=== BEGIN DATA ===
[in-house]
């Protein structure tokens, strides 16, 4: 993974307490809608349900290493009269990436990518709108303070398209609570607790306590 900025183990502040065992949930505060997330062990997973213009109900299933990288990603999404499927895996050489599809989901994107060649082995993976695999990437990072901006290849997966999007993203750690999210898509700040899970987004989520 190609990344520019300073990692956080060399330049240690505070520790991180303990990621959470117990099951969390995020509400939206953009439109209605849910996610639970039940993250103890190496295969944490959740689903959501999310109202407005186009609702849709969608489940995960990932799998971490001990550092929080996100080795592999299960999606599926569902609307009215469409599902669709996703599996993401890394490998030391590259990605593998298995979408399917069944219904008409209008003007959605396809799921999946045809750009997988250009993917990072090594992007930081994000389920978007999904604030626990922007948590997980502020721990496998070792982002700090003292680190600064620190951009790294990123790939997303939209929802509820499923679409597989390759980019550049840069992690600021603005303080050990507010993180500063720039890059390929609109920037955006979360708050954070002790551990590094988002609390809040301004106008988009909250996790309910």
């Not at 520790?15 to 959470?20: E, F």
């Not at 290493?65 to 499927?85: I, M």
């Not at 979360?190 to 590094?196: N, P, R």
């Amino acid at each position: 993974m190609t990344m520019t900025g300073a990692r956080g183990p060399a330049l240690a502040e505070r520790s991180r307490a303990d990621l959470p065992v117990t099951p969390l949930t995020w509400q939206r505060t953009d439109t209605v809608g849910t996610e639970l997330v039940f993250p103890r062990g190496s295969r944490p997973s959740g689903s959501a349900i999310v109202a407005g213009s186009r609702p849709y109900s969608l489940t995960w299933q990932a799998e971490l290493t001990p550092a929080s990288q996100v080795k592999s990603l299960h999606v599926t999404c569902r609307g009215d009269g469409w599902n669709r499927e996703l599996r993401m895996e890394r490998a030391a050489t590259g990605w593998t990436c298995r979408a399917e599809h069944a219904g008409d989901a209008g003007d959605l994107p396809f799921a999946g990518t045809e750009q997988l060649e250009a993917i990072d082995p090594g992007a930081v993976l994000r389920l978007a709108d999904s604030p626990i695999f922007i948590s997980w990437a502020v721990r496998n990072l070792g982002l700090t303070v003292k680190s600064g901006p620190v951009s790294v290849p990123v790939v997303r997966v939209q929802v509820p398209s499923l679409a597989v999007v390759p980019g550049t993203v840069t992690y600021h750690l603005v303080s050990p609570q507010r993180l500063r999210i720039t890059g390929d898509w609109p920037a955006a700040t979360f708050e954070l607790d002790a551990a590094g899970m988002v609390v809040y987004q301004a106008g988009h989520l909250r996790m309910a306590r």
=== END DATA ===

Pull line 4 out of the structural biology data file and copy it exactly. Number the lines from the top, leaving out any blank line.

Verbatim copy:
């Not at 290493?65 to 499927?85: I, M």